Esther is a human rights defender working for Persons Marginalized and Aggrieved (PEMA Kenya), an LGBT organization based in Mombasa, Kenya. Through capacity building and advocacy on social, health, legal and economic issues, PEMA's mission is to promote harmony by empowering the community to respect the rights of sexual and gender minorities.

Esther began her advocacy while still in Nairobi more than six years ago, and she became active in defending the rights of gender and sexual minorities in 2009 when she moved from Nairobi to Mombasa. She joined PEMA Kenya as a member and was soon appointed as the organization's Programs Coordinator.  She also sits on the board of the Gays and Lesbians Coalition of Kenya, and in 2013 she spoke at the International Human Rights Funders conference in San Francisco, on a panel sponsored by AJWS.

Esther has steered PEMA Kenya to start dialogue with the police and religious leaders on the human rights of gender and sexual minorities, two important projects that AJWS proudly supports:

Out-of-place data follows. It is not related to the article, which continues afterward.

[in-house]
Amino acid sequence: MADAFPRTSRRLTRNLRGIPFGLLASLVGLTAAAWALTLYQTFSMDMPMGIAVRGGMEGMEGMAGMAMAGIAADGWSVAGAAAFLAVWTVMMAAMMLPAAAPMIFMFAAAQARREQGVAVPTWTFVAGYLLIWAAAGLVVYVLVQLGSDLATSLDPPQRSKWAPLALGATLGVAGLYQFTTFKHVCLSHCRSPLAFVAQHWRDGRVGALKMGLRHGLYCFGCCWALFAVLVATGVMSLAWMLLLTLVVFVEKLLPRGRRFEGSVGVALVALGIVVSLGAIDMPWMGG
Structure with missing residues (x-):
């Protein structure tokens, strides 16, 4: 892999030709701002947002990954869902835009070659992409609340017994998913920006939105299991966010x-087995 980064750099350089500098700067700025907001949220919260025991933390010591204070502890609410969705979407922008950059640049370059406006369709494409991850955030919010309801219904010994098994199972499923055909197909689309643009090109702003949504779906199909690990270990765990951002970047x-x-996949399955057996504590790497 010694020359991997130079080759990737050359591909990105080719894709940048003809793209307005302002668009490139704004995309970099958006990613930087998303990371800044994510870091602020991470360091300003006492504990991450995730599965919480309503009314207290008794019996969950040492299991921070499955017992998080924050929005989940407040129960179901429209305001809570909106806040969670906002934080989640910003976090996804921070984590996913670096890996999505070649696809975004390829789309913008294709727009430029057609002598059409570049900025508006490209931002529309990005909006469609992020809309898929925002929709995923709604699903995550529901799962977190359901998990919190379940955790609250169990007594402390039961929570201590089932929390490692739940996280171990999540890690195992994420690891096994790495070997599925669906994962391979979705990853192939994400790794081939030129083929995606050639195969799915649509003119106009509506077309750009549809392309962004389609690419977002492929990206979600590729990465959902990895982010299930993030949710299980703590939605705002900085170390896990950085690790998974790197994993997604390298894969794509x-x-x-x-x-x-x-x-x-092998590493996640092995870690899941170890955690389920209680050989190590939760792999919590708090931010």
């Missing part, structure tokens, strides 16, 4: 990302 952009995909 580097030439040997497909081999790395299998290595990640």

Turning police into true protectors

PEMA conducts trainings to encourage police officers to respect LGBTI people as human beings with the right to be protected under the law. It also educates them about the unique dangers that this population faces.

PEMA saw results very quickly after one session, when an officer brought a young gay man to the PEMA office after he had been attacked by an armed group. Formerly, this officer said, he would have taken the victim and his assailants to the police station, where the gay man would have likely faced further abuse. After the training the officer understood that the police report needed to be filed in a safe place and that LGBTI people need greater protections than the precinct currently offers them. The police commissioner for PEMA Kenya’s Coast province was so impressed with the training that he has invited PEMA to train 3,000 incoming officers in 2013.

Stopping persecution from the pulpit

In their work with clergy, PEMA’s advocates provide homophobic leaders with a human connection to an LGBTI person. After they build a relationship with a minister or imam, members of the PEMA community reveal their sexual orientation and make the case for LGBTI rights. As a result of these efforts, PEMA reports that it has not only seen a decrease in hate speech from the pulpit, but that, in some cases, religious leaders have begun to preach tolerance and respect.